Gold Hydrogen Program coalition launches program for subsurface biomanufacturing of hydrogen
Polestar announces first partnerships for the Polestar 0 Project to develop a climate-neutral car

Pratt & Whitney awarded $3.8M by ARPA-E to develop novel hydrogen-fueled propulsion for aviation: HySIITE

Pratt & Whitney was selected by the US Department of Energy (DoE) to develop novel, high-efficiency hydrogen-fueled propulsion technology for commercial aviation, as part of DoE’s Advanced Research Projects Agency-Energy (ARPA-E) OPEN 2021 program (earlier post).

The Hydrogen Steam-Injected, Inter‐Cooled Turbine Engine (HySIITE) project will use liquid hydrogen (LH2) combustion and water vapor recovery to achieve zero in-flight CO2 emissions, while reducing nitrogen-oxide (NOx) emissions by up to 80% and reducing fuel consumption by up to 35% for next-generation single-aisle aircraft.

The HySIITE engine will burn hydrogen in a thermodynamic engine cycle that incorporates steam injection to reduce NOx emissions. The semi-closed system architecture planned for HySIITE will achieve thermal efficiency greater than fuel cells and reduce total operating costs when compared to using “drop in” sustainable aviation fuels.

This truly is an exciting opportunity to start developing the key technologies that could bring the industry’s first hydrogen steam injected, inter-cooled engine from concept to reality. For nearly 100 years, Pratt & Whitney has been at the forefront of innovating cutting-edge technologies to continually advance the efficiency of aircraft engines, and we are thrilled to be selected to work on what could be the next breakthrough technology for aviation.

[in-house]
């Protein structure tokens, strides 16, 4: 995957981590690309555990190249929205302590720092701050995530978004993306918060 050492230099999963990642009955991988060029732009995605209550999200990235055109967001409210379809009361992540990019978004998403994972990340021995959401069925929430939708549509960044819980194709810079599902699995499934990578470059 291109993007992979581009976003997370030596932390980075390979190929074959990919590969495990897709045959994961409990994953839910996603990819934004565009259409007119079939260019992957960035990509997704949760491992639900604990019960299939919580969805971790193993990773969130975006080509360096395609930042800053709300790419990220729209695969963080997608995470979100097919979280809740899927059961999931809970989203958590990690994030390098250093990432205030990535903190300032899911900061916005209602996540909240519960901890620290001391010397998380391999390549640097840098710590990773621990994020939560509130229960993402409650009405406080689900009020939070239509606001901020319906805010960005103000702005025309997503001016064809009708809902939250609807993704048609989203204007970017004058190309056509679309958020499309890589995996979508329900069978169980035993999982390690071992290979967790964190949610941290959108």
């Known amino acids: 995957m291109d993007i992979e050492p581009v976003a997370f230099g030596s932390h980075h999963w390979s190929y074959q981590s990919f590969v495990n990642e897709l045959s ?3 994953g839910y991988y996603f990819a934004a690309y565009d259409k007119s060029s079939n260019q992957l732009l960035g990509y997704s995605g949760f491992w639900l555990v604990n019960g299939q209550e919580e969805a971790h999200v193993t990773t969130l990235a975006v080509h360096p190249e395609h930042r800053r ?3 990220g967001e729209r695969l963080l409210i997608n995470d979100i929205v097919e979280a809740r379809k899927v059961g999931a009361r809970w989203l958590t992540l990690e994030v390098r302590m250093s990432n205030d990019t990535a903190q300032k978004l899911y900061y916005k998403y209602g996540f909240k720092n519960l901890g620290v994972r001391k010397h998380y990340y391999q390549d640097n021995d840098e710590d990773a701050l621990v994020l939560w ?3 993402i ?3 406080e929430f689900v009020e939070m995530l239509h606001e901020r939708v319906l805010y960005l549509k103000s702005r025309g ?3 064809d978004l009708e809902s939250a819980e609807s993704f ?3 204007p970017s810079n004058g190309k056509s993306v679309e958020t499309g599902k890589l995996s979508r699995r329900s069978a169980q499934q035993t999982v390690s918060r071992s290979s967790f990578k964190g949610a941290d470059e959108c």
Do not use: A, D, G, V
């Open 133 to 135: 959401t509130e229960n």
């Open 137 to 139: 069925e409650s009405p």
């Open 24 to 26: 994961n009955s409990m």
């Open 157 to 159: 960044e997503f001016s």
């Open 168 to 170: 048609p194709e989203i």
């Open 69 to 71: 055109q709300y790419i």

—Geoff Hunt, senior vice president, Engineering and Technology, at Pratt & Whitney

This is the first direct collaboration between Pratt & Whitney and ARPA-E.

Separately, Airbus announced a collaboration with CFM to develop a direct combustion aviation engine also fueled by liquid hydrogen. (Earlier post.)

Interest in using liquid hydrogen as an alternative to conventional hydrocarbon aviation fuels reaches back at least to the 1950s, when the impetus was primarily improving military aircraft performance. In the 1970s, the interest switched to concern over fossil fuel depletion (as perceived at the time), the oil crises, and air pollution. Now the concern is greenhouse gases and climate change.